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In US, Ex Harvard Professor Convicted For Hiding Affiliation With China

An ex-Harvard University professor has been convicted of hiding his ties to a China run recruitment programme. The trial on Charles Lieber began.

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(Image: AP)


An ex-Harvard University professor has been convicted of hiding his ties to a China-run recruitment programme. The trial on Charles Lieber began earlier this month at a Boston Court wherein the prosecutors accused him of hiding his Chinese income from US officials. On Tuesday, the judge pronounced their verdict declaring him guilty of making false statements to the authorities, filing false tax returns and failing to report a Chinese bank account. Notably, Lieber has pleaded no guilty.

During the trial, prosecutors argued that the 62-year-old educationalist intentionally hid his involvement in China’s ‘thousands talent programme’, which aims to attract foreign research specialists. According to BBC, after retiring from Harvard University in 2011, Lieber joined Wuhan Institute of Technology.  As a scientist, he got a monthly salary of $50,000 (£37,000), in addition to living expenses of up to $158,000 for this role. In addendum, the professor also received a monthly allowance of over US$1.5 million for the establishment of a scientific laboratory. In return, was expected to work for the university, applying for patents and publishing articles in its name.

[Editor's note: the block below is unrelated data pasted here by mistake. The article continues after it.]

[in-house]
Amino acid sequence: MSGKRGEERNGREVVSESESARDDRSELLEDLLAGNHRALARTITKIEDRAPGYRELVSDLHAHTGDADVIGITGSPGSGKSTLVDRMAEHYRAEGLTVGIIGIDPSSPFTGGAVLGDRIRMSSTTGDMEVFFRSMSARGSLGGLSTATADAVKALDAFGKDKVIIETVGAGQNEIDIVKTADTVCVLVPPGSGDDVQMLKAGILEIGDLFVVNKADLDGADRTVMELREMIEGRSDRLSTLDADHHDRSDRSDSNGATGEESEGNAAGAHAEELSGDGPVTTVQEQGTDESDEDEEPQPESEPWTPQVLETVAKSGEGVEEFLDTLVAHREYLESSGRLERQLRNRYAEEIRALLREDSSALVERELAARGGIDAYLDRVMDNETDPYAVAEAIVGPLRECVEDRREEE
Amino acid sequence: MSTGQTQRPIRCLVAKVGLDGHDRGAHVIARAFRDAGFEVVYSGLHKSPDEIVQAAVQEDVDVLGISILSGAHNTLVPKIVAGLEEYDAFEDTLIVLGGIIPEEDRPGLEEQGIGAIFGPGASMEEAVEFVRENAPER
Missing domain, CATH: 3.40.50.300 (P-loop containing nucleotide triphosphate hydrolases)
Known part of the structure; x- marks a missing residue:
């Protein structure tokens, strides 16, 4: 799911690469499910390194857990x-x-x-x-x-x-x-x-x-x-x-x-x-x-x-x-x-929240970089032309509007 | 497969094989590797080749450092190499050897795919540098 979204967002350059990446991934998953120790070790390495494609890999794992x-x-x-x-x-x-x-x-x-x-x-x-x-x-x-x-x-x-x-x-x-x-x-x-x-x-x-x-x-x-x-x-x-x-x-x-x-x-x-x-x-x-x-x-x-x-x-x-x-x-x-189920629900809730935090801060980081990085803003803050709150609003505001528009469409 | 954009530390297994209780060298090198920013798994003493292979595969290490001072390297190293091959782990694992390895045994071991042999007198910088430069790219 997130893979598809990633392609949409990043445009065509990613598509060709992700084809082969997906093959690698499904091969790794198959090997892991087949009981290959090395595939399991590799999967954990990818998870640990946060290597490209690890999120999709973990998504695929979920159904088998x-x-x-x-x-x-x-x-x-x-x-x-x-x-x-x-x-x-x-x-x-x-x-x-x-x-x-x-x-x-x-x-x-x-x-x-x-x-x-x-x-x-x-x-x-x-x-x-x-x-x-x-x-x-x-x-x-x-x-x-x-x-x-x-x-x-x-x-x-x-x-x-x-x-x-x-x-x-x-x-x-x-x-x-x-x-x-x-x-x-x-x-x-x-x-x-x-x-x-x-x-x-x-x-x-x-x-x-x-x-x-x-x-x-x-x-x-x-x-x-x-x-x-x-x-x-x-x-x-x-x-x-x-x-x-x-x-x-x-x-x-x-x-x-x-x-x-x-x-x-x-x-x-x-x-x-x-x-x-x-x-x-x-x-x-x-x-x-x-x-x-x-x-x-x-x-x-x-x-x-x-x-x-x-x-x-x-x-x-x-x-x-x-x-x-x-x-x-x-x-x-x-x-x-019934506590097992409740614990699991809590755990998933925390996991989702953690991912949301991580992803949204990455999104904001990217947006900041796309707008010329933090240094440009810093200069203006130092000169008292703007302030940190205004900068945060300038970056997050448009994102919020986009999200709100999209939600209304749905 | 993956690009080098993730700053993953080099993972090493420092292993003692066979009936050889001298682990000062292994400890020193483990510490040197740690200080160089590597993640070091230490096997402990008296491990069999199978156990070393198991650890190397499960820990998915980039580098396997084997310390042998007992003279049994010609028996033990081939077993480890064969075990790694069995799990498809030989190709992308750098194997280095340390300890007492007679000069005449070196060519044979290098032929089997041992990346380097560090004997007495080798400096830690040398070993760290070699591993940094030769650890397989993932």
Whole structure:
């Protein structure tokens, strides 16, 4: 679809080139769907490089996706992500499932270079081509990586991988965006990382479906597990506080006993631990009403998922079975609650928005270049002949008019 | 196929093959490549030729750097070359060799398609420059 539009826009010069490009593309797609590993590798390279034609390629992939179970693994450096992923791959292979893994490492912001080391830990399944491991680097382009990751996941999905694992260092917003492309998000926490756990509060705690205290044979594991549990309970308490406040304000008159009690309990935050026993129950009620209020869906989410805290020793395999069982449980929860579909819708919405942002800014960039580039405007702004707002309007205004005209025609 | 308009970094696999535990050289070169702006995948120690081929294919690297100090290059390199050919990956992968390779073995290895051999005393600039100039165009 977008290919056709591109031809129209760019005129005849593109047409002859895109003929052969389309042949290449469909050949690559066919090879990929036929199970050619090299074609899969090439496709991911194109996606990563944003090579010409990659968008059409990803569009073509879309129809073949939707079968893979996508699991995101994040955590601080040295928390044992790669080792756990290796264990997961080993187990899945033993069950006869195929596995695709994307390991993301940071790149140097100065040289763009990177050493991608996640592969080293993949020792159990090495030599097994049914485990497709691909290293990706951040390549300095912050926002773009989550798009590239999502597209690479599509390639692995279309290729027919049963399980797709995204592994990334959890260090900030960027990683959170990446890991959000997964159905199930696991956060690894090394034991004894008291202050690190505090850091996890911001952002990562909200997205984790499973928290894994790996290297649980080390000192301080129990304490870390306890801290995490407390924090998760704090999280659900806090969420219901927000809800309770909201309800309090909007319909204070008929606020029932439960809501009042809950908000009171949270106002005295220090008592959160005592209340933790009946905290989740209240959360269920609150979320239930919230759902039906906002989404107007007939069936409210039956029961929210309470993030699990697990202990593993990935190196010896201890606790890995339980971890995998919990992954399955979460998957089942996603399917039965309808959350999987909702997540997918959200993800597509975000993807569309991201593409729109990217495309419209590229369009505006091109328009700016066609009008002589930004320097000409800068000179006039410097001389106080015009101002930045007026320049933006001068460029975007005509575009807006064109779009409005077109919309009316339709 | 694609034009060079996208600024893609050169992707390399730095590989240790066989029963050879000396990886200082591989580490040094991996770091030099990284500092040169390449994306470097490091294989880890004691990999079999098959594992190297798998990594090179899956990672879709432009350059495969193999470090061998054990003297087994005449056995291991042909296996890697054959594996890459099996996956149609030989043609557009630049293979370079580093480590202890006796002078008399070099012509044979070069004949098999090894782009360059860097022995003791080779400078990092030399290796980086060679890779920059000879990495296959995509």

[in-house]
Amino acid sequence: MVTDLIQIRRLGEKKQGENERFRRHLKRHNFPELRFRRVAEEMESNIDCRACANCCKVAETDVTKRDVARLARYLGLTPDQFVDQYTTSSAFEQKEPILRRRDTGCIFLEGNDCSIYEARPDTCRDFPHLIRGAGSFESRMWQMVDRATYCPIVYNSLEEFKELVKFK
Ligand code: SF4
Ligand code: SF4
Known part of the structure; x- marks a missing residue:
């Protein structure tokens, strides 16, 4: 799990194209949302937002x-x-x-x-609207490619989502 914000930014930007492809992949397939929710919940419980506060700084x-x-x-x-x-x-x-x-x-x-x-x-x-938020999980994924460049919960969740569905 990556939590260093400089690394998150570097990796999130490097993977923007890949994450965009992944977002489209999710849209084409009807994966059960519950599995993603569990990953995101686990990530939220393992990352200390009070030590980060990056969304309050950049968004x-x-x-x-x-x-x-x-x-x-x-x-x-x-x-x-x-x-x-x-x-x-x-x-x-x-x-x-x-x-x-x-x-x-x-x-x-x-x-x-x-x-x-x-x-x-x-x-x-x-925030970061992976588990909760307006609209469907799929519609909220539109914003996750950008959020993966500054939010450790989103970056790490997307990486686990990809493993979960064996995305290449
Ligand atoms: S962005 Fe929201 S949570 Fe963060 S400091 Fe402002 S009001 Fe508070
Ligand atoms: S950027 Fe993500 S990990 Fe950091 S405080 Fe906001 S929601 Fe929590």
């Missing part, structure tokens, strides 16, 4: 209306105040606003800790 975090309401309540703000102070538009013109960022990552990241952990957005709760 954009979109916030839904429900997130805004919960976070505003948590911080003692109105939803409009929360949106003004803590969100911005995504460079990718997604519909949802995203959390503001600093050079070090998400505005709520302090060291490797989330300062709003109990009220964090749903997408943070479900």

'Failed to reveal his conflict of interest'

He had previously served as the head of Harvard University’s Department of Chemistry and Chemical biology and has also received $15m in grants from the US National Institute of Health and the US Department of Defence. Now according to American law, all recipients of this award are required to disclose any conflict of interest that they have including working for a foreign government. During the trial, the prosecutors highlighted that Lieber not only hid his association with the Chinese institute but also failed to declare the total amount of income that he had clandestinely earned from there. 

“There is now no question that Charles Lieber lied to federal investigators and to Harvard in an attempt to hide his participation in the Chinese Thousand Talents Program,” Acting United States Attorney Nathaniel R. Mendell said. “He lied to the IRS about the money he was paid, and he concealed his Chinese bank account from the United States. The jury followed the evidence and the law to a just verdict," he added.

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